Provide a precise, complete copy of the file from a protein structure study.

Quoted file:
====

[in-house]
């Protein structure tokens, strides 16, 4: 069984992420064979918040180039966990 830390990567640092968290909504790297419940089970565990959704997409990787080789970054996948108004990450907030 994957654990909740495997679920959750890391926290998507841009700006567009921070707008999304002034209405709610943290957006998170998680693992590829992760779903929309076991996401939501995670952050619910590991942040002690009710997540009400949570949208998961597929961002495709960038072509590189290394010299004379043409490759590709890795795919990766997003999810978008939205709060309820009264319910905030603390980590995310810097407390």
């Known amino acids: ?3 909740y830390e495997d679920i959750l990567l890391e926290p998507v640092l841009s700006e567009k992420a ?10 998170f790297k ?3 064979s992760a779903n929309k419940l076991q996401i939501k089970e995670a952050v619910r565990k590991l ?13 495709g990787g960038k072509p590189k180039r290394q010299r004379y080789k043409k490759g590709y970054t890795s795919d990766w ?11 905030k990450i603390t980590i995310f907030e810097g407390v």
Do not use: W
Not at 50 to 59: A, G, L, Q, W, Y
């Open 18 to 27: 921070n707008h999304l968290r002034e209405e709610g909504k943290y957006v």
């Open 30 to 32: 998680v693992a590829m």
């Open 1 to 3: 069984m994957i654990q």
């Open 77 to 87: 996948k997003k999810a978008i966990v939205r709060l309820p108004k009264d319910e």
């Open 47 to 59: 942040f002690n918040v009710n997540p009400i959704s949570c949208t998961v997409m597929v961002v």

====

[in-house]
């Protein structure tokens, strides 16, 4: 069984992420064979918040180039966990 830390990567640092968290909504790297419940089970565990959704997409990787080789970054996948108004990450907030 994957654990909740495997679920959750890391926290998507841009700006567009921070707008999304002034209405709610943290957006998170998680693992590829992760779903929309076991996401939501995670952050619910590991942040002690009710997540009400949570949208998961597929961002495709960038072509590189290394010299004379043409490759590709890795795919990766997003999810978008939205709060309820009264319910905030603390980590995310810097407390």
């Known amino acids: ?3 909740y830390e495997d679920i959750l990567l890391e926290p998507v640092l841009s700006e567009k992420a ?10 998170f790297k ?3 064979s992760a779903n929309k419940l076991q996401i939501k089970e995670a952050v619910r565990k590991l ?13 495709g990787g960038k072509p590189k180039r290394q010299r004379y080789k043409k490759g590709y970054t890795s795919d990766w ?11 905030k990450i603390t980590i995310f907030e810097g407390v």
Do not use: W
Not at 50 to 59: A, G, L, Q, W, Y
């Open 18 to 27: 921070n707008h999304l968290r002034e209405e709610g909504k943290y957006v």
């Open 30 to 32: 998680v693992a590829m």
């Open 1 to 3: 069984m994957i654990q």
């Open 77 to 87: 996948k997003k999810a978008i966990v939205r709060l309820p108004k009264d319910e």
């Open 47 to 59: 942040f002690n918040v009710n997540p009400i959704s949570c949208t998961v997409m597929v961002v």